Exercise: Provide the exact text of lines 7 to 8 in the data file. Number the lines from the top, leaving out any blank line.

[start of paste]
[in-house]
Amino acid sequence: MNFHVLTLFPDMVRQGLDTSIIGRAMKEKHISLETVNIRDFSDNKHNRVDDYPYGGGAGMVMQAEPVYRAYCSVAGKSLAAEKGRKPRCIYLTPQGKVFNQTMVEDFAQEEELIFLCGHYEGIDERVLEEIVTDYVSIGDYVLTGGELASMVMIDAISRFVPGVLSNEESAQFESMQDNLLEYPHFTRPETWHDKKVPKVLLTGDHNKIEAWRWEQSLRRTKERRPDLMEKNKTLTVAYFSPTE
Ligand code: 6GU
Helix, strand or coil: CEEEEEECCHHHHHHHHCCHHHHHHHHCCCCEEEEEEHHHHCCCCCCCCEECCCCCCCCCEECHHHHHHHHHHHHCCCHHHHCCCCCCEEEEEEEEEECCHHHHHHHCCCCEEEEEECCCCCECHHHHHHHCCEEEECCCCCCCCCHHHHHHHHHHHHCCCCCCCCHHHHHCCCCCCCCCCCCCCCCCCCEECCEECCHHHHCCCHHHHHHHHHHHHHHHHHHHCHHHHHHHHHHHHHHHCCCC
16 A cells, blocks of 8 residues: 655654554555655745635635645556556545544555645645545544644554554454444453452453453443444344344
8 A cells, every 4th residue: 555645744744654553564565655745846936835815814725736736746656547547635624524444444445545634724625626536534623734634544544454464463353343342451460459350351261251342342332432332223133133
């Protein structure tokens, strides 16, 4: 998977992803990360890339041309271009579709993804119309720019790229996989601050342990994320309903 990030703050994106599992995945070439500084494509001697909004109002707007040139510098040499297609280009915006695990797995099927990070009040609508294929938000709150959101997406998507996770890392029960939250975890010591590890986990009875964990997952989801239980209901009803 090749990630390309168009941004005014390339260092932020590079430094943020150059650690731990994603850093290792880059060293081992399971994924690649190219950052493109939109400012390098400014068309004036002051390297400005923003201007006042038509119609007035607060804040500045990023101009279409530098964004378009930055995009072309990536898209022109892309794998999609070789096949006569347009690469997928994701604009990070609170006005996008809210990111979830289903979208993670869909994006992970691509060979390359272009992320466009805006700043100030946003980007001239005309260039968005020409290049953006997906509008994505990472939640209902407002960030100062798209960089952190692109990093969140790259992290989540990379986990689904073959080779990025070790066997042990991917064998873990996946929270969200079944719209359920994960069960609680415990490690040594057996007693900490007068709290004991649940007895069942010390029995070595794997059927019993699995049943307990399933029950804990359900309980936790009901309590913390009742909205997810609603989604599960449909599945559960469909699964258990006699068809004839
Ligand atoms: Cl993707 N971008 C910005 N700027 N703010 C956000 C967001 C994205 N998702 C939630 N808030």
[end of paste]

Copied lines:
């Protein structure tokens, strides 16, 4: 998977992803990360890339041309271009579709993804119309720019790229996989601050342990994320309903 990030703050994106599992995945070439500084494509001697909004109002707007040139510098040499297609280009915006695990797995099927990070009040609508294929938000709150959101997406998507996770890392029960939250975890010591590890986990009875964990997952989801239980209901009803 090749990630390309168009941004005014390339260092932020590079430094943020150059650690731990994603850093290792880059060293081992399971994924690649190219950052493109939109400012390098400014068309004036002051390297400005923003201007006042038509119609007035607060804040500045990023101009279409530098964004378009930055995009072309990536898209022109892309794998999609070789096949006569347009690469997928994701604009990070609170006005996008809210990111979830289903979208993670869909994006992970691509060979390359272009992320466009805006700043100030946003980007001239005309260039968005020409290049953006997906509008994505990472939640209902407002960030100062798209960089952190692109990093969140790259992290989540990379986990689904073959080779990025070790066997042990991917064998873990996946929270969200079944719209359920994960069960609680415990490690040594057996007693900490007068709290004991649940007895069942010390029995070595794997059927019993699995049943307990399933029950804990359900309980936790009901309590913390009742909205997810609603989604599960449909599945559960469909699964258990006699068809004839
Ligand atoms: Cl993707 N971008 C910005 N700027 N703010 C956000 C967001 C994205 N998702 C939630 N808030």